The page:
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All you Wanted to Know About Soap Nuts

Soap nuts are also known as Sapindus. Sapindus is a taxonomic category of approximately 5-12 varieties of shrubs and bushes which belong to the Lychee group.

We find Sapindaceae in the areas with moderate to tropical climate in both the New World and Old World.

Nature of soap nut plants

The taxonomy comprises both evergreen and broad-leafed types. Parts of this taxonomy are typically termed as soap nuts or soapberries since the soft tissue of the fruit is a raw material for manufacturing soaps.

The generic name of Sapindus originated from the expression saponis, which is Latin, standing for “soap”, and indicus, which implies “of India”.

The length of the soapnut leaves vary between 5.9 and 16 inches or15 and 40 cm. They are featherlike and there are 14-30 cusps, and the last cusp is frequently missing. The flowers grow in big racemes, and every flower is tiny in size and the color is creamy white.

The soapnut fruit is a tiny tough-skinned fleshy indehiscent fruit. The diameter of the fruit is 0.39–0.79 inches or 1–2 cm, with yellow maturing blackish color, with 1-3 kernels.

Varieties of soapnuts

The count of varieties of Sapindus is debated by various writers and researchers, especially in the Northern United States. It is acknowledged that between one and three varieties are there.

  • Sapindus detergens (synthetic variant of soapnut, also known as Ritha)
  • Sapindus delavayi (found in India, China)
  • Sapindus laurifolius Vahl – Ritha (found in India)
  • Sapindus emarginatus Vahl (found in Southern Asia)
  • Sapindus mukorossi Gaertn – also known as Indian soapberry (found in the regions of North India, towards the east of the Himalayan mountain ranges)
  • Sapindus marginatus Willd – Also known as Florida soapberry (found in South Carolina to Florida); grouped in S. saponaria by a number of writers.
  • Sapindus rarak DC. (found in Southeastern parts of the Asian continent)
  • Sapindus oahuensis Hillebr. ex Radlk. – Lonomea (O’ahu and Kaua’i, Hawaii)
  • S. s. var. drummondii (Hook. and Arn.) L.D. Benson – Western Soapberry (found in Mexico and Southwest U.S.)
  • Sapindus saponaria L.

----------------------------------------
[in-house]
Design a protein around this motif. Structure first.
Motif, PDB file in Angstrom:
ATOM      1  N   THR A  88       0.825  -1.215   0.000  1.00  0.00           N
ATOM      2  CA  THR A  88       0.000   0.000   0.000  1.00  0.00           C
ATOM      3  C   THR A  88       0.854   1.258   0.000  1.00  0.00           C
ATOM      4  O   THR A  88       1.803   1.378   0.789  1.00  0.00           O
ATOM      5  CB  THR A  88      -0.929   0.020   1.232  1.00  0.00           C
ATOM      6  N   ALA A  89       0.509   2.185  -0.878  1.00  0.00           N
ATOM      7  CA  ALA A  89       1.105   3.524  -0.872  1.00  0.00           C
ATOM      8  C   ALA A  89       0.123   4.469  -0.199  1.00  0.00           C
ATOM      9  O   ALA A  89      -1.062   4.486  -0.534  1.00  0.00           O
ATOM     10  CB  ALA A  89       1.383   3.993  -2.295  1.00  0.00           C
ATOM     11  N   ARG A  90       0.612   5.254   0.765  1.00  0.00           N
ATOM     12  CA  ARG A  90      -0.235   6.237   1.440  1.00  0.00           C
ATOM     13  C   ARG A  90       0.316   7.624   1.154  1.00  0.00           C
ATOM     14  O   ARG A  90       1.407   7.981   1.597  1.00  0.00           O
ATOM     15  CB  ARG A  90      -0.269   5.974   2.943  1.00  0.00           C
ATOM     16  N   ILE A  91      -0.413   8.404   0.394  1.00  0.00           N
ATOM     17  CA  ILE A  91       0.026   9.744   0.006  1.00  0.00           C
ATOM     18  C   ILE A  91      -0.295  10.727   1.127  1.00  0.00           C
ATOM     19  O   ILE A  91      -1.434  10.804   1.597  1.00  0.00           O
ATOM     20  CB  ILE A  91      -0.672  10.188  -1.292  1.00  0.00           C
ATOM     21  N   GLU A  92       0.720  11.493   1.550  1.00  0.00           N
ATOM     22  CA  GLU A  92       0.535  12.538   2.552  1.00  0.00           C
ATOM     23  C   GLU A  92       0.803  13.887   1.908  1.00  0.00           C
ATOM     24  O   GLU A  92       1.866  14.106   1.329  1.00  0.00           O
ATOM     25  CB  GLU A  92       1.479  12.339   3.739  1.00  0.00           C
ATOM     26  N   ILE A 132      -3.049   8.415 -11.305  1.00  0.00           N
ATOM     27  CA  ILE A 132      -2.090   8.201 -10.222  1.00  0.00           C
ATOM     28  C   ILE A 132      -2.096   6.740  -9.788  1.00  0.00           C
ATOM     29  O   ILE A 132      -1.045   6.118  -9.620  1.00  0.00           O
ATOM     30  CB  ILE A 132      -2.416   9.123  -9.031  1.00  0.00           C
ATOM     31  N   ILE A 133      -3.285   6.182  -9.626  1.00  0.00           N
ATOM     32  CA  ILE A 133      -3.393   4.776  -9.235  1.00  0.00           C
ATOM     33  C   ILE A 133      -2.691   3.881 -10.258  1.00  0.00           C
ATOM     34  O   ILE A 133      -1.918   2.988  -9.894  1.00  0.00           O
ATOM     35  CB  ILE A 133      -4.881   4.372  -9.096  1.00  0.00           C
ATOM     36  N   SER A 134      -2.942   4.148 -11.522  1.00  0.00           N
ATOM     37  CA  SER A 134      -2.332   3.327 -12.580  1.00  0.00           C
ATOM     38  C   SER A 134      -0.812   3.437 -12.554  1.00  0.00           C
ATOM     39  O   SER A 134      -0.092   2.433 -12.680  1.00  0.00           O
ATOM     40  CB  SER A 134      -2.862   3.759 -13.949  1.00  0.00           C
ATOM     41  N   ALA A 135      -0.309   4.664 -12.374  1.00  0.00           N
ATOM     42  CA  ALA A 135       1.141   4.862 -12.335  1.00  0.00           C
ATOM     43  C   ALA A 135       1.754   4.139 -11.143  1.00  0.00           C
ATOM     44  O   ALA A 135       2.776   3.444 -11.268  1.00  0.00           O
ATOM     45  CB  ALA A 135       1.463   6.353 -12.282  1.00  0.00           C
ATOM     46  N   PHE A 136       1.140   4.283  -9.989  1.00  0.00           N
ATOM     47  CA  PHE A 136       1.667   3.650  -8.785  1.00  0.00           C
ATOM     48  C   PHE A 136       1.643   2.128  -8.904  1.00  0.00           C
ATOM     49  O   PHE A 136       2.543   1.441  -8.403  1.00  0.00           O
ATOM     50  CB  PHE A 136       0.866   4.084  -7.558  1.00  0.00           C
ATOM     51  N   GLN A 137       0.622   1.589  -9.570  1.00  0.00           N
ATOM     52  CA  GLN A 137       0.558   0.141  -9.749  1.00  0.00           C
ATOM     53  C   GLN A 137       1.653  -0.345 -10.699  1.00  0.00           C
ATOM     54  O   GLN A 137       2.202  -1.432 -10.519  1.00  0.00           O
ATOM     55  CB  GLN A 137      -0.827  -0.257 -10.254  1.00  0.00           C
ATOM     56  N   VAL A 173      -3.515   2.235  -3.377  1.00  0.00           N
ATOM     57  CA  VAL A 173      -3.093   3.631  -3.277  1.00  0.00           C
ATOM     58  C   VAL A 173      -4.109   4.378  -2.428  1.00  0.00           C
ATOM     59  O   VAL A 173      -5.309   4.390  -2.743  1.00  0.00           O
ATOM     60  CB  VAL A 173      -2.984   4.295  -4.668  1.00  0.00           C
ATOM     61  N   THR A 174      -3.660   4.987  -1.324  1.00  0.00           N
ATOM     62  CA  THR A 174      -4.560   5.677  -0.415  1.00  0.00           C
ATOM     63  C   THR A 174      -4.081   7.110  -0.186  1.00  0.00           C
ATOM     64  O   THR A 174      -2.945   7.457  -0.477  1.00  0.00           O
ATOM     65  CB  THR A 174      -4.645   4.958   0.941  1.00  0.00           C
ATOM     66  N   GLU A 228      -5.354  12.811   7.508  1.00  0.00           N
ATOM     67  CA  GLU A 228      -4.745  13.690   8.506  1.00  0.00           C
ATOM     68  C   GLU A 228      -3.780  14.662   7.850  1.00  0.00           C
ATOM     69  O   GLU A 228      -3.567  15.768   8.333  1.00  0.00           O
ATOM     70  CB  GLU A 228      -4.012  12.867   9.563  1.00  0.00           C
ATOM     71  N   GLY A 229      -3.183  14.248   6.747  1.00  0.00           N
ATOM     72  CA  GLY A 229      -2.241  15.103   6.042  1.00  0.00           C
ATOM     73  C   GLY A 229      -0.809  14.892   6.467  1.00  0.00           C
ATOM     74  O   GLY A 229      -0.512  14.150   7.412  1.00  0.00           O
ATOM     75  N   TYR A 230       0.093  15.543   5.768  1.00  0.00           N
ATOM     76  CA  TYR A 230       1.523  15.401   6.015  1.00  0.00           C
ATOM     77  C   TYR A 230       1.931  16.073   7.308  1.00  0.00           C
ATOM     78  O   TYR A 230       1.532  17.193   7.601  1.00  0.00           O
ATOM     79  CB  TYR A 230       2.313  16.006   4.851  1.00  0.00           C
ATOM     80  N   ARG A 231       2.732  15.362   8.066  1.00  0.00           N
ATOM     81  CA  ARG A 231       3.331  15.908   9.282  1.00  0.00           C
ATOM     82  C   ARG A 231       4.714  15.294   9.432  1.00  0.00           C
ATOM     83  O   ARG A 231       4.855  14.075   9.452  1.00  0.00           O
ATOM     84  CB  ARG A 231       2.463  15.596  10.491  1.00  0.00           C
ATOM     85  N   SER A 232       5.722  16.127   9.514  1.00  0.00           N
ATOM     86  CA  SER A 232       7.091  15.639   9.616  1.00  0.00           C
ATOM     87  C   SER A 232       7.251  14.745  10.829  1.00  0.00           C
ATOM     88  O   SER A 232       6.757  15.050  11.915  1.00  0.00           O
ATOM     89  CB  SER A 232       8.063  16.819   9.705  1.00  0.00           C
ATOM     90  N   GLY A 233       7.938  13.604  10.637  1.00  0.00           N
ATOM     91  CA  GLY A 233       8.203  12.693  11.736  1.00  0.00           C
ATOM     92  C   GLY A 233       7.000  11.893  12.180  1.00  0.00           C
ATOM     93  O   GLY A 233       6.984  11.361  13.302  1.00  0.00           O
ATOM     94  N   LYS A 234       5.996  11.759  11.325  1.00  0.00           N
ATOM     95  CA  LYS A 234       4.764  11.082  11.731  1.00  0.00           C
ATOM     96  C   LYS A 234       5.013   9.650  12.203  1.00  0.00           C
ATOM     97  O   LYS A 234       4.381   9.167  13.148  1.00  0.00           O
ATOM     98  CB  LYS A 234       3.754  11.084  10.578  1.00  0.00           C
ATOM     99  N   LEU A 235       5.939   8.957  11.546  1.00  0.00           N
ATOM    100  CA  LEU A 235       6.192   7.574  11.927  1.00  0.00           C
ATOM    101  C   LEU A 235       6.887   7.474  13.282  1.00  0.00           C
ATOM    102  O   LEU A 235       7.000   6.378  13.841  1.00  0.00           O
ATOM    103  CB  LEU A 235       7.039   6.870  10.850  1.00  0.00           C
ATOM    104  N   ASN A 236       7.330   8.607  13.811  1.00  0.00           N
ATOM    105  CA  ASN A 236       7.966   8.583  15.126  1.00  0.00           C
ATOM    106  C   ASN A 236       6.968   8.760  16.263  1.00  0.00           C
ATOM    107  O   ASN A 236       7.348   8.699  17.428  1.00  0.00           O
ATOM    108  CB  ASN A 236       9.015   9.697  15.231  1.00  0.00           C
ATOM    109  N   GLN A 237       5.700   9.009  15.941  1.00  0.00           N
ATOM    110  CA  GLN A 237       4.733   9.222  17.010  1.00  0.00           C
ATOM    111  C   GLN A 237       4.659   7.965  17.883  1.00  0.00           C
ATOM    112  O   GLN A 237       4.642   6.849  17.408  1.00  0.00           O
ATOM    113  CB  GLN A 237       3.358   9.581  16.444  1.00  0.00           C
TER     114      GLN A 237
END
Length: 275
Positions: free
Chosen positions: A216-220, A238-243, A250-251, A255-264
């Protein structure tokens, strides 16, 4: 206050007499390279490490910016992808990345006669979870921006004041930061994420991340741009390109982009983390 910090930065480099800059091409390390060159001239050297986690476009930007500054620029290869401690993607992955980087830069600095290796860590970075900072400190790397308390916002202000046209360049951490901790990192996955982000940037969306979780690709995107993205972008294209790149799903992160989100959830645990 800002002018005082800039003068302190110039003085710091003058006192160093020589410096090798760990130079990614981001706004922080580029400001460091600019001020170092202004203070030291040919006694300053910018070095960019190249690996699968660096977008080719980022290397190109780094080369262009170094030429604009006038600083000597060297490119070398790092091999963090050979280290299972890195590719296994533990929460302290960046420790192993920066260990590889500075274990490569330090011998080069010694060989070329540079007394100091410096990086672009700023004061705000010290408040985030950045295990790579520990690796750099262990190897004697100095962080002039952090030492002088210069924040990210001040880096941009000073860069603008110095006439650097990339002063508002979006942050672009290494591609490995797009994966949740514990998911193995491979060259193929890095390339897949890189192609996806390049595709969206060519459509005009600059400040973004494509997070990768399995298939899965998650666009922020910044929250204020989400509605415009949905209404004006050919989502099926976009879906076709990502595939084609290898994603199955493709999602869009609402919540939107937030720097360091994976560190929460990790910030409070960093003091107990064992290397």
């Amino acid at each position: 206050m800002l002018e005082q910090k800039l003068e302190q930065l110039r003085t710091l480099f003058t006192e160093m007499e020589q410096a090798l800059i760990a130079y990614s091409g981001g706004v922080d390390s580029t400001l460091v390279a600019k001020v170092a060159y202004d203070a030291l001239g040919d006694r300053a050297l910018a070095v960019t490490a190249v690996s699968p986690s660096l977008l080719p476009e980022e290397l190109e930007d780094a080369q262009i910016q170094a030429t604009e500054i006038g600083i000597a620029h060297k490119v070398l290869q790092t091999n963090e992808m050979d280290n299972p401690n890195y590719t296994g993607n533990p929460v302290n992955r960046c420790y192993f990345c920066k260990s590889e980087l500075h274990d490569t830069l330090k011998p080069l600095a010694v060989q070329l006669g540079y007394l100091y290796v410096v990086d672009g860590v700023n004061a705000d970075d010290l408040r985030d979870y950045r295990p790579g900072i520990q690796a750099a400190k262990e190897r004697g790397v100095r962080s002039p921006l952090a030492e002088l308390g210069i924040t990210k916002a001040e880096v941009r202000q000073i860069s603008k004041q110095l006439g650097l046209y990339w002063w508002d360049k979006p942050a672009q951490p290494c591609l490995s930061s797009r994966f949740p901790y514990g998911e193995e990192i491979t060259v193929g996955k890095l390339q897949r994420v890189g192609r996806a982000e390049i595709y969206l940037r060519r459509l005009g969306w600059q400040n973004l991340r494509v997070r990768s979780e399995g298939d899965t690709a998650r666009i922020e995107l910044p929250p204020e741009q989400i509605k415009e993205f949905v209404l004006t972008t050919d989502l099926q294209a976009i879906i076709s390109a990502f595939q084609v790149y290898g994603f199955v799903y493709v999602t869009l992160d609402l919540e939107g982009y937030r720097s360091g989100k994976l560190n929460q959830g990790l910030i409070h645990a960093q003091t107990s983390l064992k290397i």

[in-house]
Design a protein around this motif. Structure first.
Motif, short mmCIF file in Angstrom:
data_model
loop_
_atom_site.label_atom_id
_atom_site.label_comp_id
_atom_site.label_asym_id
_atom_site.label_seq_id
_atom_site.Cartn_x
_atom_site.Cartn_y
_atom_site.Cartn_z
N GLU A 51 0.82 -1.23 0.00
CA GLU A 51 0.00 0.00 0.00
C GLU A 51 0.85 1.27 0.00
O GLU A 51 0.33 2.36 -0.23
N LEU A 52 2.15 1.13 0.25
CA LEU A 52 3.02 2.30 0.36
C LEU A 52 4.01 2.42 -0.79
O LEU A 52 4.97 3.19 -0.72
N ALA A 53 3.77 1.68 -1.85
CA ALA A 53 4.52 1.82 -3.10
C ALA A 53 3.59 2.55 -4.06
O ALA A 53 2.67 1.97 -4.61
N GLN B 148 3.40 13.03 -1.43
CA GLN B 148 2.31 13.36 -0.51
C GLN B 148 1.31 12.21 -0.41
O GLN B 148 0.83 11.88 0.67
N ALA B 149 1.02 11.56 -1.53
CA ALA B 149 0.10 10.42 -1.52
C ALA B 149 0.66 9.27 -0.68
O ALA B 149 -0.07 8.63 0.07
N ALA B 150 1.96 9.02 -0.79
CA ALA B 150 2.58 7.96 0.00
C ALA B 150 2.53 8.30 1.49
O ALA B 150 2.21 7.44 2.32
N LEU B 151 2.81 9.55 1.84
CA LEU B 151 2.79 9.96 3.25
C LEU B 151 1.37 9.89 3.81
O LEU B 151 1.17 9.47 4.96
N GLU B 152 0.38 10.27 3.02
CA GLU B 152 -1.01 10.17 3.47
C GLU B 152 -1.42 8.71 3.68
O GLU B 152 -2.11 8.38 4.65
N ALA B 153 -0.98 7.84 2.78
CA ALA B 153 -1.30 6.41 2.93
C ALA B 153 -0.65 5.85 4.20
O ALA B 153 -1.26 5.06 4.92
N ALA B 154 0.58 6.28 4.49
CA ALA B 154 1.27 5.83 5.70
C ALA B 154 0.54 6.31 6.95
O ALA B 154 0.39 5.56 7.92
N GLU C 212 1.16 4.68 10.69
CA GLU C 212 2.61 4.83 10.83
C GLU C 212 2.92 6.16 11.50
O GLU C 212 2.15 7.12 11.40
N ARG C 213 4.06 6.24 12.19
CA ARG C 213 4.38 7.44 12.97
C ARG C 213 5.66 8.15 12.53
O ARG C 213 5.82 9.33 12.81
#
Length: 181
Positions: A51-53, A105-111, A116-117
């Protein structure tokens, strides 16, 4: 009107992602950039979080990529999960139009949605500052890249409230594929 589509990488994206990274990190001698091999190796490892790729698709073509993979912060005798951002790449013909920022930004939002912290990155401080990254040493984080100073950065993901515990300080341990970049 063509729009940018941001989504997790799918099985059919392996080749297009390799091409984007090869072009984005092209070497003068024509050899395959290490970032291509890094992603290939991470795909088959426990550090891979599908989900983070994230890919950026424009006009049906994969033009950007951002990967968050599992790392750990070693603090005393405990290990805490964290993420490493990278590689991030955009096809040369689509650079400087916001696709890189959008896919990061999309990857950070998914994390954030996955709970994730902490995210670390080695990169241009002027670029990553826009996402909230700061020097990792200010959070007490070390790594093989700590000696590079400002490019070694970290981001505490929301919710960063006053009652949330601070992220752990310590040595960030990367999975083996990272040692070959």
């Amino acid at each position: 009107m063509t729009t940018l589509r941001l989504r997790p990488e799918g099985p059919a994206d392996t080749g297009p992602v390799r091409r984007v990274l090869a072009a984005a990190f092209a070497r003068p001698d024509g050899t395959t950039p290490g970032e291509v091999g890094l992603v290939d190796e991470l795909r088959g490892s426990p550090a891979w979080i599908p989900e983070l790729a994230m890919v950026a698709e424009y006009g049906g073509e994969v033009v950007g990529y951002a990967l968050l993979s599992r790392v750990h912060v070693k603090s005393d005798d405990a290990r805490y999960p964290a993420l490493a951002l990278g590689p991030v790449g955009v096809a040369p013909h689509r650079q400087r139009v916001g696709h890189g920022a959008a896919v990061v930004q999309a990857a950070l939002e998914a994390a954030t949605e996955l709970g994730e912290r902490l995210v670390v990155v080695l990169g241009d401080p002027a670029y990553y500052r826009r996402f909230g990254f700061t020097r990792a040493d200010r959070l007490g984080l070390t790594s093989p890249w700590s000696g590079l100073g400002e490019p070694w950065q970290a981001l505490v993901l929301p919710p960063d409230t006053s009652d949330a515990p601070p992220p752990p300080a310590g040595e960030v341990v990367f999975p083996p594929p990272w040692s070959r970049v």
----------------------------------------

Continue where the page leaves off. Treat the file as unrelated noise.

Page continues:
• Sapindus tomentosus (found in China)
  • S. s. var. saponaria – Wingleaf soapberry (found in the Caribbean archipelago, southeastern United States, Central and South America, and the island of Hawaii)
  • Sapindus vitiensis A.Gray (found in Samoa, American Samoa, and Fiji)
  • Sapindus trifoliatus L. – Also known as three-leaf soapberry or South India soapnut (found in Pakistan and Southern India)

What are the popular uses of soapnuts?

Earlier, soapnuts were used in the form of nauseants, mucolytics, and contraceptives as a part of folk medicine. In addition, it was used to cure iron deficiency anemia in young women, epilepsy and extreme secretion of saliva.

At present, soapnuts are used as a natural wetting agent since the fleshy part of the fruit is full of saponins. It is helpful in washing clothes and Native Americans in the US and the indigenous people of Asia have been using this for a very considerable period. Commercially, saponins have applications in manufacturing of detergents and cosmetics. Researches confirm that soapnuts have disinfectant and anti-inflammatory aspects and are also used as natural detergents. Some of the Sapindus saponins are believed to have spermicidal abilities.

Usage in Ayurveda

Traditionally, soapnuts have been used in Ayurveda. It functions as a major ingredient for manufacturing Ayurvedic cleaning agents and shampoos. A number of Ayurvedic medications are made for curing psoriasis, eczema and getting rid of lentigines and all these medications feature soapnuts as one of the key ingredients. Because of its germicidal and insecticidal nature, it is used to get rid of lice from the scalp.

Author bio: Jane Fonda is an experienced blogger who has been writing blogs and articles for various home improvement blogs and sites. She is a knowledgeable person and knows a lot on soap nuts.